Clark Fork woman calls for trapping law changes

By Cameron Rasmusson
Reader Staff

Trapping regulations are back in the public eye after a Clark Fork woman’s dog was injured by a wolf snare.

A wolf caught in a snare. Image by

A wolf caught in a snare. Image by

The Associated Press reports that Mary Franzel was cross-country skiing just off the side of Lightning Creek Road earlier this month when her dog, Morgan, had her foot caught in a baited wolf trap. According to the Idaho Department of Fish and Game, the trap was legally set and maintained. Idaho requires traps to be set at a minimum five-foot remove from a maintained public trail.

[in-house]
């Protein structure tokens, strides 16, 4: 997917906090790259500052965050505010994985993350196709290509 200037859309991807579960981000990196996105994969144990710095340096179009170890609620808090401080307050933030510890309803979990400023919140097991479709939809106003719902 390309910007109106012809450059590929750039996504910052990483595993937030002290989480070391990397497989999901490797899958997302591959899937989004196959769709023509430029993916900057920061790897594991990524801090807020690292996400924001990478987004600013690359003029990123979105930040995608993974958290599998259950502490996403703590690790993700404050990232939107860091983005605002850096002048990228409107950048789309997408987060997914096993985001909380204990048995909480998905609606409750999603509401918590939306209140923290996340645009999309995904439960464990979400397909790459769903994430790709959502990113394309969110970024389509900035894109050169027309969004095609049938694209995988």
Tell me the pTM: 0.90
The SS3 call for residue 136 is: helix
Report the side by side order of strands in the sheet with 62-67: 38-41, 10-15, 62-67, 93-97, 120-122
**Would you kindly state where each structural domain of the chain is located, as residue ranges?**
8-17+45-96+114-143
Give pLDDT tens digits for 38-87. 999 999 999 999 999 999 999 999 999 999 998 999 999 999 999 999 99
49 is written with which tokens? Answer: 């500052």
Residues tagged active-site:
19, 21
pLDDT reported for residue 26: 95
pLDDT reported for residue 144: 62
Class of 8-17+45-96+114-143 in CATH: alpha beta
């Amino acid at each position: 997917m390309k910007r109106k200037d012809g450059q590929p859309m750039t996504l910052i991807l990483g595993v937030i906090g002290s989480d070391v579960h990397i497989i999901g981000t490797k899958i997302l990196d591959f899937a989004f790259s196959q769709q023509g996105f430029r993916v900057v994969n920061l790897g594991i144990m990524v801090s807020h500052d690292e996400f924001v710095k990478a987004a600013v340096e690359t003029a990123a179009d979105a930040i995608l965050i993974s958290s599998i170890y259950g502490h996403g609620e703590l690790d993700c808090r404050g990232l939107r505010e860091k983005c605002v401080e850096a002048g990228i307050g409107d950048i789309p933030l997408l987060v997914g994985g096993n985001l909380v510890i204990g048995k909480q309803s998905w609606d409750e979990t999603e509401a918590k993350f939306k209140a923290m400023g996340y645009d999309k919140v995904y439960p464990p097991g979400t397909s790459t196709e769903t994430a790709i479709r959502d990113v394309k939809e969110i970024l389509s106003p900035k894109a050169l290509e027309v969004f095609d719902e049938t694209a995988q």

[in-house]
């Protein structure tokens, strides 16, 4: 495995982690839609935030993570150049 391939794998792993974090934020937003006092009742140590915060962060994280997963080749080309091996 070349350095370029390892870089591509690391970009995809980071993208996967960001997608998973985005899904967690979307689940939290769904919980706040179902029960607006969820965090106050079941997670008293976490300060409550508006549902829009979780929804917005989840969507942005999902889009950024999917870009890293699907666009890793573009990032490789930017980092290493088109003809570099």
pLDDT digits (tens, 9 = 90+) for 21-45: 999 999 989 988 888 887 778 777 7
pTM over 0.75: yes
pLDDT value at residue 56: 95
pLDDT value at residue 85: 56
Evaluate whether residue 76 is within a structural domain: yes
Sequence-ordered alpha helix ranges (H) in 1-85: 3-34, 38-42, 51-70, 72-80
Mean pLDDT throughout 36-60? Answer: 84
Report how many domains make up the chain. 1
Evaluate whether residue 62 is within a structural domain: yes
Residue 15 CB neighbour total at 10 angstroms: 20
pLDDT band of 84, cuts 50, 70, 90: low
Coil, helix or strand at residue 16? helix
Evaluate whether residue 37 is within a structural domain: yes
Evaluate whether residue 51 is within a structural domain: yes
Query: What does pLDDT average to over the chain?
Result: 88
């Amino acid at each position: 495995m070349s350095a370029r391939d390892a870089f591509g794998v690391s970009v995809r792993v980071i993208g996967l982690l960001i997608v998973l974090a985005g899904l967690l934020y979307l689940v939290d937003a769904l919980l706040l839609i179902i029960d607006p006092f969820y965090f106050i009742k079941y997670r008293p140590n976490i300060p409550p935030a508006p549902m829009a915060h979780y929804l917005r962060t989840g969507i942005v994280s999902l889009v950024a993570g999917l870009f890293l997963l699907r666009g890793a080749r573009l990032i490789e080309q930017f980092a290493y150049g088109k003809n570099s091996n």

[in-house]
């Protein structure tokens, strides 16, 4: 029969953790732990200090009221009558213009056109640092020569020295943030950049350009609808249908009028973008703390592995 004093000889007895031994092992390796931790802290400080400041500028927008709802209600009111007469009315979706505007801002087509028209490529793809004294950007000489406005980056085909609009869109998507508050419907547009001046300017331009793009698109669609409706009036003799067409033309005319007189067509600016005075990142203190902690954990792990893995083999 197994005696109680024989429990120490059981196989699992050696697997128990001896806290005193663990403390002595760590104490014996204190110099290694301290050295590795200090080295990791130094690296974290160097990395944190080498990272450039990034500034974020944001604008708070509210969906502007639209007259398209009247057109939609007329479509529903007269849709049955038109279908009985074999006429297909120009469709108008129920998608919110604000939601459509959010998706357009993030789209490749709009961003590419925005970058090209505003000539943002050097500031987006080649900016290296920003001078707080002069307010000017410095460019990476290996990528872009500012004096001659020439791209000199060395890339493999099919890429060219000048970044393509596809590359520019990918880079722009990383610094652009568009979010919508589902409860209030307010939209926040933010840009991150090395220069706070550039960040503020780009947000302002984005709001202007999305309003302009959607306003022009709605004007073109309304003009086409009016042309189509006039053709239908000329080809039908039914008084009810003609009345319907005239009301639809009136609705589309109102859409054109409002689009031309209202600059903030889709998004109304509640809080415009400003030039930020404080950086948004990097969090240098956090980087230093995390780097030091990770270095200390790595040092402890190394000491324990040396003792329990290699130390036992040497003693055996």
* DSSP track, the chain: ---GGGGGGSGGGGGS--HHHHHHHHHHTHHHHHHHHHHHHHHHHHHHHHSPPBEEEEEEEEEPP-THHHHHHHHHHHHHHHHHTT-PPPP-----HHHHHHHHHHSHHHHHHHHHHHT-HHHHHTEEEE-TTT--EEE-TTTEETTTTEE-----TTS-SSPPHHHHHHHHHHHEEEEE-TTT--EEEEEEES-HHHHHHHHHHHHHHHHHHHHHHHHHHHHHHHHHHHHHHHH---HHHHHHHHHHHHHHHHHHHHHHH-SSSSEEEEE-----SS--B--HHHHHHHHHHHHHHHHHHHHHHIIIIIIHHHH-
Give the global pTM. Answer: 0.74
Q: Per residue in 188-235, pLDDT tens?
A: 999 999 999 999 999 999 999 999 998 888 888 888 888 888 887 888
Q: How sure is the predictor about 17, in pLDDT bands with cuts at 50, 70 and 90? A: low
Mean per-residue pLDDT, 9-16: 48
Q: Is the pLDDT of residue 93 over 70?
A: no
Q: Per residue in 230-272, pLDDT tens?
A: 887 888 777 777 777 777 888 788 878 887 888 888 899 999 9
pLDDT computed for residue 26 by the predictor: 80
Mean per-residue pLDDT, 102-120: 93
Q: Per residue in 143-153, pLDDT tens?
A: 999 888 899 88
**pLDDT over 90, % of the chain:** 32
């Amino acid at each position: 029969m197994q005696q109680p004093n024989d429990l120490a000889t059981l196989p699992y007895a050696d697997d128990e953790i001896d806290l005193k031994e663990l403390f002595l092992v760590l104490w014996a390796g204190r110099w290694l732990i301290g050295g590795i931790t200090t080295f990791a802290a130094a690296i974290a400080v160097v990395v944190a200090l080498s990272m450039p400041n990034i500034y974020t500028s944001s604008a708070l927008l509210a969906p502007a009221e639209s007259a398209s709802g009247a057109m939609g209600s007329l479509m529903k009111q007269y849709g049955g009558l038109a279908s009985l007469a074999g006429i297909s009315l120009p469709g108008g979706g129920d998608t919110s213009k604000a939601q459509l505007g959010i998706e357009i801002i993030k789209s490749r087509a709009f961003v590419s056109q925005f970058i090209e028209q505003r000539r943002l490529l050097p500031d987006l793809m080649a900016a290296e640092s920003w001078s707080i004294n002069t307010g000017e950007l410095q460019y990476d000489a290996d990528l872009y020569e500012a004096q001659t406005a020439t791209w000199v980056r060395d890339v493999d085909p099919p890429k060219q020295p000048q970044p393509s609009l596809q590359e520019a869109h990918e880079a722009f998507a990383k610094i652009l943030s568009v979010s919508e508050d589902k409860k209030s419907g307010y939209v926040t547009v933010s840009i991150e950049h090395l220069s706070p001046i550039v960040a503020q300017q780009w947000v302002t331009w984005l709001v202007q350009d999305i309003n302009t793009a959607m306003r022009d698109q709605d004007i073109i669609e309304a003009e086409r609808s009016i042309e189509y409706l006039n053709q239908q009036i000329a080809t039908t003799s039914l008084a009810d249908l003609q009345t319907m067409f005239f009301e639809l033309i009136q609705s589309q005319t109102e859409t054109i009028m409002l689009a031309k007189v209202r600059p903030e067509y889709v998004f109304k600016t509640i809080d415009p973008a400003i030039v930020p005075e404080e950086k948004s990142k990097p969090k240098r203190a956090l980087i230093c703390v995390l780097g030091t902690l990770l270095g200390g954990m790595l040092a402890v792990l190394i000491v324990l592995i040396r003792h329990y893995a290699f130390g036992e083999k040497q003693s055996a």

Morgan wasn’t seriously hurt in the incident. However, Franzel is urging Idaho Fish and Game to reexamine its trapping oversight, which lately has emphasized education over stricter regulation.

“Honestly, I wouldn’t have thought that in the ditch of the road, I would have to worry about a trap,” Franzel told the Associated Press. “I understand if I’m blasting through the woods hiking and my dog is running. But if I’m on a marked, maintained trail and my dog is within five feet of me, he could step in a trap. And I don’t think that’s reasonable for all public land users.”

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